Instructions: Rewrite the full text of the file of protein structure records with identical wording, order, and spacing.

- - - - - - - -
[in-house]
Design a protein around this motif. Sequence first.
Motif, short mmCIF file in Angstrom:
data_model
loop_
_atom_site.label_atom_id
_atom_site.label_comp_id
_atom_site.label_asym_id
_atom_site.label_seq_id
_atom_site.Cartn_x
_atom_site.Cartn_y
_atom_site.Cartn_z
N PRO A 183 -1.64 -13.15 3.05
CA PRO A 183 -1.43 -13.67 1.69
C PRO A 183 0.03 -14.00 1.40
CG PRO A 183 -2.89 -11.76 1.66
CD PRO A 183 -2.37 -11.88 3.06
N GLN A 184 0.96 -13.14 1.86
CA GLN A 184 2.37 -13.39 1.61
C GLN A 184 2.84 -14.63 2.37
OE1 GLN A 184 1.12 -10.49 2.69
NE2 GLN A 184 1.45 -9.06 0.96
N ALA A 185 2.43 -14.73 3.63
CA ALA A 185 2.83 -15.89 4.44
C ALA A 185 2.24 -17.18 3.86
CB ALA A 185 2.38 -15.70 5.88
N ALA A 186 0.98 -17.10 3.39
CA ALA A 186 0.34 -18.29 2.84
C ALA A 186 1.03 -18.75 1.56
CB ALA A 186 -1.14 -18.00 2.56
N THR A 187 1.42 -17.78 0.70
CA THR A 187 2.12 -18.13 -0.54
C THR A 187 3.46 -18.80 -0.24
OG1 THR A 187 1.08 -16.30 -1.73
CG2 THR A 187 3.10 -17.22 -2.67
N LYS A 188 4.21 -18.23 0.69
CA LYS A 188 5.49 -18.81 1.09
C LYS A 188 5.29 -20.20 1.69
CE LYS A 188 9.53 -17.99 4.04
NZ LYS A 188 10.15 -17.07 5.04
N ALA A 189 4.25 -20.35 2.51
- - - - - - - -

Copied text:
[in-house]
Design a protein around this motif. Sequence first.
Motif, short mmCIF file in Angstrom:
data_model
loop_
_atom_site.label_atom_id
_atom_site.label_comp_id
_atom_site.label_asym_id
_atom_site.label_seq_id
_atom_site.Cartn_x
_atom_site.Cartn_y
_atom_site.Cartn_z
N PRO A 183 -1.64 -13.15 3.05
CA PRO A 183 -1.43 -13.67 1.69
C PRO A 183 0.03 -14.00 1.40
CG PRO A 183 -2.89 -11.76 1.66
CD PRO A 183 -2.37 -11.88 3.06
N GLN A 184 0.96 -13.14 1.86
CA GLN A 184 2.37 -13.39 1.61
C GLN A 184 2.84 -14.63 2.37
OE1 GLN A 184 1.12 -10.49 2.69
NE2 GLN A 184 1.45 -9.06 0.96
N ALA A 185 2.43 -14.73 3.63
CA ALA A 185 2.83 -15.89 4.44
C ALA A 185 2.24 -17.18 3.86
CB ALA A 185 2.38 -15.70 5.88
N ALA A 186 0.98 -17.10 3.39
CA ALA A 186 0.34 -18.29 2.84
C ALA A 186 1.03 -18.75 1.56
CB ALA A 186 -1.14 -18.00 2.56
N THR A 187 1.42 -17.78 0.70
CA THR A 187 2.12 -18.13 -0.54
C THR A 187 3.46 -18.80 -0.24
OG1 THR A 187 1.08 -16.30 -1.73
CG2 THR A 187 3.10 -17.22 -2.67
N LYS A 188 4.21 -18.23 0.69
CA LYS A 188 5.49 -18.81 1.09
C LYS A 188 5.29 -20.20 1.69
CE LYS A 188 9.53 -17.99 4.04
NZ LYS A 188 10.15 -17.07 5.04
N ALA A 189 4.25 -20.35 2.51